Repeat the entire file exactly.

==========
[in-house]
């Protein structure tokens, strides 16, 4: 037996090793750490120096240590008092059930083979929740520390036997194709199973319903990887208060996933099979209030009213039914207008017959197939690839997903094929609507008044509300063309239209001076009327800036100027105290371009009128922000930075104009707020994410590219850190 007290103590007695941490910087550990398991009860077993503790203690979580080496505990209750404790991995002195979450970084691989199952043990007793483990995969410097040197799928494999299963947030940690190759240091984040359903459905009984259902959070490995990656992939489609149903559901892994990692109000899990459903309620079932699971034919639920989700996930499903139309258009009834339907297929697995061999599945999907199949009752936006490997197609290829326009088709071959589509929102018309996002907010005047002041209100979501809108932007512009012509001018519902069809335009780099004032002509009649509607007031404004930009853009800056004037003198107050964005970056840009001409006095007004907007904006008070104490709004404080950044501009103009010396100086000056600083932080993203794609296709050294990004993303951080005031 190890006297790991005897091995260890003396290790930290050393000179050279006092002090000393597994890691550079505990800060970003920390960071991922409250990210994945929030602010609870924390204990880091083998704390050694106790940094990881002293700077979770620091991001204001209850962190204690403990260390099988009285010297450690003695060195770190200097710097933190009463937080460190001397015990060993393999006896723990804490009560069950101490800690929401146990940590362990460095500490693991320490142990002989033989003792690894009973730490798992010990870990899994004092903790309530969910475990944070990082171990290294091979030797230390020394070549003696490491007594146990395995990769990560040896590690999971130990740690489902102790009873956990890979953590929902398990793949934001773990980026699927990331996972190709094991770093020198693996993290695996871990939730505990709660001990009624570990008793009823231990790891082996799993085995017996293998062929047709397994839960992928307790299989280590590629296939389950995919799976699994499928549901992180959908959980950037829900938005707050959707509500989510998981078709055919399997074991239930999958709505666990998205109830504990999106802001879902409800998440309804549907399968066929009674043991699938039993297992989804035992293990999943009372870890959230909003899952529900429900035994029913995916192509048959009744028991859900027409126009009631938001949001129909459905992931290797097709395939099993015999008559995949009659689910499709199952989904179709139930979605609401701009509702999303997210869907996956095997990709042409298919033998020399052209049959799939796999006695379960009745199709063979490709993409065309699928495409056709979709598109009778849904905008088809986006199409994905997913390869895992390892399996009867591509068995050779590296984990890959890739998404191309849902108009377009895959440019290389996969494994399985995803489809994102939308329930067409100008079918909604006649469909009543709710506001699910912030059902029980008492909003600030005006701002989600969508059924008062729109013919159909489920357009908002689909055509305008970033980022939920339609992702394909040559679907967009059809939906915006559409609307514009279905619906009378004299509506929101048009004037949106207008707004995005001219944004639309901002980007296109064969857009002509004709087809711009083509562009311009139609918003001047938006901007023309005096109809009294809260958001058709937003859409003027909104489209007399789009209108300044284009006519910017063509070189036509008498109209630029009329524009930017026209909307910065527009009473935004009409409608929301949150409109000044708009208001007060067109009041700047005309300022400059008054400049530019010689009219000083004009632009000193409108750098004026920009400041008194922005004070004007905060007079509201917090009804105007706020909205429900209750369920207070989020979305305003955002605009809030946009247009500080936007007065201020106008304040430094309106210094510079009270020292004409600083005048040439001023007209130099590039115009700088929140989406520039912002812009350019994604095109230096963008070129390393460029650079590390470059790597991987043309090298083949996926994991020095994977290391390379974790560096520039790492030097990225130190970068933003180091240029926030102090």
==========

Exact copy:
[in-house]
């Protein structure tokens, strides 16, 4: 037996090793750490120096240590008092059930083979929740520390036997194709199973319903990887208060996933099979209030009213039914207008017959197939690839997903094929609507008044509300063309239209001076009327800036100027105290371009009128922000930075104009707020994410590219850190 007290103590007695941490910087550990398991009860077993503790203690979580080496505990209750404790991995002195979450970084691989199952043990007793483990995969410097040197799928494999299963947030940690190759240091984040359903459905009984259902959070490995990656992939489609149903559901892994990692109000899990459903309620079932699971034919639920989700996930499903139309258009009834339907297929697995061999599945999907199949009752936006490997197609290829326009088709071959589509929102018309996002907010005047002041209100979501809108932007512009012509001018519902069809335009780099004032002509009649509607007031404004930009853009800056004037003198107050964005970056840009001409006095007004907007904006008070104490709004404080950044501009103009010396100086000056600083932080993203794609296709050294990004993303951080005031 190890006297790991005897091995260890003396290790930290050393000179050279006092002090000393597994890691550079505990800060970003920390960071991922409250990210994945929030602010609870924390204990880091083998704390050694106790940094990881002293700077979770620091991001204001209850962190204690403990260390099988009285010297450690003695060195770190200097710097933190009463937080460190001397015990060993393999006896723990804490009560069950101490800690929401146990940590362990460095500490693991320490142990002989033989003792690894009973730490798992010990870990899994004092903790309530969910475990944070990082171990290294091979030797230390020394070549003696490491007594146990395995990769990560040896590690999971130990740690489902102790009873956990890979953590929902398990793949934001773990980026699927990331996972190709094991770093020198693996993290695996871990939730505990709660001990009624570990008793009823231990790891082996799993085995017996293998062929047709397994839960992928307790299989280590590629296939389950995919799976699994499928549901992180959908959980950037829900938005707050959707509500989510998981078709055919399997074991239930999958709505666990998205109830504990999106802001879902409800998440309804549907399968066929009674043991699938039993297992989804035992293990999943009372870890959230909003899952529900429900035994029913995916192509048959009744028991859900027409126009009631938001949001129909459905992931290797097709395939099993015999008559995949009659689910499709199952989904179709139930979605609401701009509702999303997210869907996956095997990709042409298919033998020399052209049959799939796999006695379960009745199709063979490709993409065309699928495409056709979709598109009778849904905008088809986006199409994905997913390869895992390892399996009867591509068995050779590296984990890959890739998404191309849902108009377009895959440019290389996969494994399985995803489809994102939308329930067409100008079918909604006649469909009543709710506001699910912030059902029980008492909003600030005006701002989600969508059924008062729109013919159909489920357009908002689909055509305008970033980022939920339609992702394909040559679907967009059809939906915006559409609307514009279905619906009378004299509506929101048009004037949106207008707004995005001219944004639309901002980007296109064969857009002509004709087809711009083509562009311009139609918003001047938006901007023309005096109809009294809260958001058709937003859409003027909104489209007399789009209108300044284009006519910017063509070189036509008498109209630029009329524009930017026209909307910065527009009473935004009409409608929301949150409109000044708009208001007060067109009041700047005309300022400059008054400049530019010689009219000083004009632009000193409108750098004026920009400041008194922005004070004007905060007079509201917090009804105007706020909205429900209750369920207070989020979305305003955002605009809030946009247009500080936007007065201020106008304040430094309106210094510079009270020292004409600083005048040439001023007209130099590039115009700088929140989406520039912002812009350019994604095109230096963008070129390393460029650079590390470059790597991987043309090298083949996926994991020095994977290391390379974790560096520039790492030097990225130190970068933003180091240029926030102090």